Matt predictably chose burger and chips. Like the steak, the burger had a few local variations that distinguished it from a more typical pub menu. One of those things was its bun; a fresh, soft, floured bap supplanted the trendy brioche. Has the brioche had its day, or hasn’t it made it as far as Brading? Actually, it was a pleasure to have a non-brioche bun and either way, the burger was a big juicy Matt-pleasing meaty patty – which must surely have been made in the Kynge’s Well kitchen. Another innovation was the addition of rich barbecue-flavour pulled pork, making the bap’s fillings a rather good combo. Served with more of the skin-on wedges and a ramekin of coleslaw, this had Matt written all over it.
Blanche bait £5.95
8oz fillet steak £21.95
Port and Stilton sauce £1.95
As the starter and mains had been above par and the service so friendly, plus they’d seen a rather luscious-looking sundae be delivered to the neighbouring table, Matt and Cat were keen to stay for desserts. Cat enjoyed a very acceptable baked vanilla cheesecake with raspberry compote and chantilly cream. The intense fruit gave a pleasing zingy kick when eaten with the creamy ‘cake. It was really very good. Matt chose strawberry pavlova. Now, regular readers will know of Matt’s love for the Pointer Inn’s ‘atomic’ pavlova – so called because its vast meringue cowl looks like a mushroom cloud. The Kynge’s Well interpretation of this classic dish was presented as a towering cylinder of fresh soft and moist meringue, with tasty fruit and more of the chantilly cream to make a pretense at holding the sweet pile of loveliness all together.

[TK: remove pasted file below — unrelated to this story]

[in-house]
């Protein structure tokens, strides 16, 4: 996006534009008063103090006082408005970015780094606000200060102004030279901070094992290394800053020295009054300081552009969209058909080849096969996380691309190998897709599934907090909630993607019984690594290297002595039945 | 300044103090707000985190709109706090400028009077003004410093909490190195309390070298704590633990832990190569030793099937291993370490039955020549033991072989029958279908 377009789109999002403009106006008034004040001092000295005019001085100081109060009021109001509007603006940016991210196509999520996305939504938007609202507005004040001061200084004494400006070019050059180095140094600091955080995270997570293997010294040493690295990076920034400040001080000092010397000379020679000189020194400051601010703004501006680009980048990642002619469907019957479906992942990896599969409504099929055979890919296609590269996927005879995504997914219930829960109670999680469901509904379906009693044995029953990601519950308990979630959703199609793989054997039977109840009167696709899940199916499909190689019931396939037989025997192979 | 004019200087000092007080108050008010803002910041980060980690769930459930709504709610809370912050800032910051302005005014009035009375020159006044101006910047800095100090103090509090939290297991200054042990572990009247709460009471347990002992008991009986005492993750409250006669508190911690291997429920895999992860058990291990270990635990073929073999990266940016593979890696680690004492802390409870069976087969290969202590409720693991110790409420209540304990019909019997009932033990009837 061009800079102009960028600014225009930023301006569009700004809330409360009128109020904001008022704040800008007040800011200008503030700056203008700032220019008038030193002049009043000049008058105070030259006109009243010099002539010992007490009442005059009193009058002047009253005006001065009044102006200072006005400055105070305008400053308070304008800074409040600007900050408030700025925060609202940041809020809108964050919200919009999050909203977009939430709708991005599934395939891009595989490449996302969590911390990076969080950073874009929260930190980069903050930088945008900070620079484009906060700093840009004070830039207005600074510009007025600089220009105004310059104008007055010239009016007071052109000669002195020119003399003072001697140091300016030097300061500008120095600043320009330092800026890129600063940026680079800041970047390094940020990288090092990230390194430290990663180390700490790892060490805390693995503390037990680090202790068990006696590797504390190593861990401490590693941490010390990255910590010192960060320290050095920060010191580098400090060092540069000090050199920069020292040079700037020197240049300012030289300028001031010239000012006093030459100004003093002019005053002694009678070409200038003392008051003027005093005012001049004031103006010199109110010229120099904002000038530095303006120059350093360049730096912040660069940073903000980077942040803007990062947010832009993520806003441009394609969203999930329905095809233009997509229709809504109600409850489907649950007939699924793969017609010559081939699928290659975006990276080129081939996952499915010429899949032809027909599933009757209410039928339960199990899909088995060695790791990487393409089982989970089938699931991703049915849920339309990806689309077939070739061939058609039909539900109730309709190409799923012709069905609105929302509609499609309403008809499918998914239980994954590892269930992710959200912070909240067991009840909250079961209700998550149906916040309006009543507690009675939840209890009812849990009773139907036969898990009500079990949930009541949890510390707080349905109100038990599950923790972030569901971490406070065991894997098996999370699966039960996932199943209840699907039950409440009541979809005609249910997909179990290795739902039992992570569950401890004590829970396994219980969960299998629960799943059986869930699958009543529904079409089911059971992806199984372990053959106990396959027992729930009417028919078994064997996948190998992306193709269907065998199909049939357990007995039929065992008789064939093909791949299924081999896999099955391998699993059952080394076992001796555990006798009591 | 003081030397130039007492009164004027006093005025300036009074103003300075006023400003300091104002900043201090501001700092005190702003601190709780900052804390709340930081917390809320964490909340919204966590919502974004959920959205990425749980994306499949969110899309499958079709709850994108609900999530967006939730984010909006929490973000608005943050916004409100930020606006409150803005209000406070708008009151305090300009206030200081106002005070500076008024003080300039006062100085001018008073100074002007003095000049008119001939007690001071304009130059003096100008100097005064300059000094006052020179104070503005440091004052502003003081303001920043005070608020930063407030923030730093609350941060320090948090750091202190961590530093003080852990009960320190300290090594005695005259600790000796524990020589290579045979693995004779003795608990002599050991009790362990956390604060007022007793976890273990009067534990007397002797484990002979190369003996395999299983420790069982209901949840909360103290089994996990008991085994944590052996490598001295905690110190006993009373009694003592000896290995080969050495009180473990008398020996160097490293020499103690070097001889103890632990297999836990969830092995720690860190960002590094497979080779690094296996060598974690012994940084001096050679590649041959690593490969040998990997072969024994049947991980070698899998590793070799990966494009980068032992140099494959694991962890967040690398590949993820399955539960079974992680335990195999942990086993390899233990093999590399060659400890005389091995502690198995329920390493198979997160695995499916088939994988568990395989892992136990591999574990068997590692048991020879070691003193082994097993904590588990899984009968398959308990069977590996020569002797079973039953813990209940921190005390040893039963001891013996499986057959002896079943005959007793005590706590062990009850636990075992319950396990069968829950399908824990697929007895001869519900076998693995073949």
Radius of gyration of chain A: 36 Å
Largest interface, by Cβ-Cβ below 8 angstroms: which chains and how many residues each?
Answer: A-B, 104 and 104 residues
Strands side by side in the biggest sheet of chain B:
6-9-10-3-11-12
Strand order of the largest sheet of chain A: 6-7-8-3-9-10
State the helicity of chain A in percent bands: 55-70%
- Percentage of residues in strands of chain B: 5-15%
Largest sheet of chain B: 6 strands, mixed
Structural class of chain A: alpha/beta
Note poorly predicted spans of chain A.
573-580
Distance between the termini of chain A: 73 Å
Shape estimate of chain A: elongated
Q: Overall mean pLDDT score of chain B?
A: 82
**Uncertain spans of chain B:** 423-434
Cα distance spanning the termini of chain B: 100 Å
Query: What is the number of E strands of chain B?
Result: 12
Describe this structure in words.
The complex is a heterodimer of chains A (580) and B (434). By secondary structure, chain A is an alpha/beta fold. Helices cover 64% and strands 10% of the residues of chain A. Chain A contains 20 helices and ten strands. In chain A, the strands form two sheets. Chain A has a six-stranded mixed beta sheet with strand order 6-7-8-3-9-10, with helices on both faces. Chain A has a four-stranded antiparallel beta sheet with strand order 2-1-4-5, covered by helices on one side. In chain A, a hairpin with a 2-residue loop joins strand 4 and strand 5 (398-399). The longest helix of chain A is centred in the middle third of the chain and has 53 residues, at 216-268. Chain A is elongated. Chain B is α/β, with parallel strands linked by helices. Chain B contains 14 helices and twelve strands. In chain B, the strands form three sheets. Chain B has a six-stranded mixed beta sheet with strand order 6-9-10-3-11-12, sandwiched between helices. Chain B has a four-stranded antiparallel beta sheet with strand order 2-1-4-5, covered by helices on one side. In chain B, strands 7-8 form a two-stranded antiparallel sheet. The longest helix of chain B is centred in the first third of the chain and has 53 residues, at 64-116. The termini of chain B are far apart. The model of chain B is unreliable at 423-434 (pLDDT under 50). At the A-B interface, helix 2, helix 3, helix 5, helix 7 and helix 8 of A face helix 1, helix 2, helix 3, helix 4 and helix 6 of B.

Although Kynge’s Well had only just opened its doors, it seems to have hit the ground running. The characterful venue itself has always been a favourite of M&C; with its historic beams, real fire and low ceiling. Obviously, there is also an actual well that you can look down, well fans. Add to those fundamental assets a keen eye for detail, a comforting menu with a few embellishments to raise it from the herd, plus of course that rather exceptional service and you have a winner. This, plus the other proposals for the town could be the shot in the arm Brading needs. The Kynge’s Town is dead, long live the Kynge’s Town!
This is the full-length version of the shorter review published in the Isle of Wight County Press, June 2015.
- Really good service
- A substantial pub menu
- Good beer on draught
- It's got an actual well!
- Parking is not straightforward
- Mind your head on the ceiling